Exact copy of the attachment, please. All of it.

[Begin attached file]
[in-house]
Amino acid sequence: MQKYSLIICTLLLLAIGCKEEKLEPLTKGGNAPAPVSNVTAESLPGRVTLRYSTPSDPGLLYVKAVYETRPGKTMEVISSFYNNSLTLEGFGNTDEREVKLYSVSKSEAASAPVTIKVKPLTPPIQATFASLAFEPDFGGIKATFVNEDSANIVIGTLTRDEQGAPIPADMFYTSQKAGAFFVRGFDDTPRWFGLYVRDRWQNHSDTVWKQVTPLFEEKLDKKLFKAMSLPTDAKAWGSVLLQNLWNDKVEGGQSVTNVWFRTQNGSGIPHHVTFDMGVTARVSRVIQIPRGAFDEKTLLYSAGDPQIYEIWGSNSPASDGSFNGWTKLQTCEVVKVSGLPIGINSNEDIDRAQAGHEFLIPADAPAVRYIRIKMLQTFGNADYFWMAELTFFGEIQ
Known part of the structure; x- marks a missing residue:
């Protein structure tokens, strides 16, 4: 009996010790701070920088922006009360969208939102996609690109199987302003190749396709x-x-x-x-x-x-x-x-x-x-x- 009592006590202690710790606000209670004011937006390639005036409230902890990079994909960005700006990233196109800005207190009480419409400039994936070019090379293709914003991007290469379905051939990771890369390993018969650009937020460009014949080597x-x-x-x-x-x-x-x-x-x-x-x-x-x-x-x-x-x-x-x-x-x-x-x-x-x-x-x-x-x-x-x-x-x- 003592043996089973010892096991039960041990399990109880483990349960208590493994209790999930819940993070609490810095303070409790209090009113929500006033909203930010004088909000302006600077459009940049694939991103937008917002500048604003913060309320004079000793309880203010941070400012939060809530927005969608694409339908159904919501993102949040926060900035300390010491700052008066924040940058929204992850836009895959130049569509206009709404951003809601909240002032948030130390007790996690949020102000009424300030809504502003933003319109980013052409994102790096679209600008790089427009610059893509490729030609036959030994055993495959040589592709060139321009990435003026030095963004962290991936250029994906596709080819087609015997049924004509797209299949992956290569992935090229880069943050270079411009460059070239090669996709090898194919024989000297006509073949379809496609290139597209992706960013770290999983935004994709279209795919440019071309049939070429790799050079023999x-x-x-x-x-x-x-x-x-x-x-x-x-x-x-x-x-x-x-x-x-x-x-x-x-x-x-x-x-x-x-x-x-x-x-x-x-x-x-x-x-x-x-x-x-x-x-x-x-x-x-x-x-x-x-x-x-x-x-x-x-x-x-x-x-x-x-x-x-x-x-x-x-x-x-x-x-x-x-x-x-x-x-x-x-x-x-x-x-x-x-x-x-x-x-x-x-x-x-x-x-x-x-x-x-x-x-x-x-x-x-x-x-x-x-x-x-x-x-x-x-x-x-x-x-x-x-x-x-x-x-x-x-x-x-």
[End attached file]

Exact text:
[in-house]
Amino acid sequence: MQKYSLIICTLLLLAIGCKEEKLEPLTKGGNAPAPVSNVTAESLPGRVTLRYSTPSDPGLLYVKAVYETRPGKTMEVISSFYNNSLTLEGFGNTDEREVKLYSVSKSEAASAPVTIKVKPLTPPIQATFASLAFEPDFGGIKATFVNEDSANIVIGTLTRDEQGAPIPADMFYTSQKAGAFFVRGFDDTPRWFGLYVRDRWQNHSDTVWKQVTPLFEEKLDKKLFKAMSLPTDAKAWGSVLLQNLWNDKVEGGQSVTNVWFRTQNGSGIPHHVTFDMGVTARVSRVIQIPRGAFDEKTLLYSAGDPQIYEIWGSNSPASDGSFNGWTKLQTCEVVKVSGLPIGINSNEDIDRAQAGHEFLIPADAPAVRYIRIKMLQTFGNADYFWMAELTFFGEIQ
Known part of the structure; x- marks a missing residue:
């Protein structure tokens, strides 16, 4: 009996010790701070920088922006009360969208939102996609690109199987302003190749396709x-x-x-x-x-x-x-x-x-x-x- 009592006590202690710790606000209670004011937006390639005036409230902890990079994909960005700006990233196109800005207190009480419409400039994936070019090379293709914003991007290469379905051939990771890369390993018969650009937020460009014949080597x-x-x-x-x-x-x-x-x-x-x-x-x-x-x-x-x-x-x-x-x-x-x-x-x-x-x-x-x-x-x-x-x-x- 003592043996089973010892096991039960041990399990109880483990349960208590493994209790999930819940993070609490810095303070409790209090009113929500006033909203930010004088909000302006600077459009940049694939991103937008917002500048604003913060309320004079000793309880203010941070400012939060809530927005969608694409339908159904919501993102949040926060900035300390010491700052008066924040940058929204992850836009895959130049569509206009709404951003809601909240002032948030130390007790996690949020102000009424300030809504502003933003319109980013052409994102790096679209600008790089427009610059893509490729030609036959030994055993495959040589592709060139321009990435003026030095963004962290991936250029994906596709080819087609015997049924004509797209299949992956290569992935090229880069943050270079411009460059070239090669996709090898194919024989000297006509073949379809496609290139597209992706960013770290999983935004994709279209795919440019071309049939070429790799050079023999x-x-x-x-x-x-x-x-x-x-x-x-x-x-x-x-x-x-x-x-x-x-x-x-x-x-x-x-x-x-x-x-x-x-x-x-x-x-x-x-x-x-x-x-x-x-x-x-x-x-x-x-x-x-x-x-x-x-x-x-x-x-x-x-x-x-x-x-x-x-x-x-x-x-x-x-x-x-x-x-x-x-x-x-x-x-x-x-x-x-x-x-x-x-x-x-x-x-x-x-x-x-x-x-x-x-x-x-x-x-x-x-x-x-x-x-x-x-x-x-x-x-x-x-x-x-x-x-x-x-x-x-x-x-x-």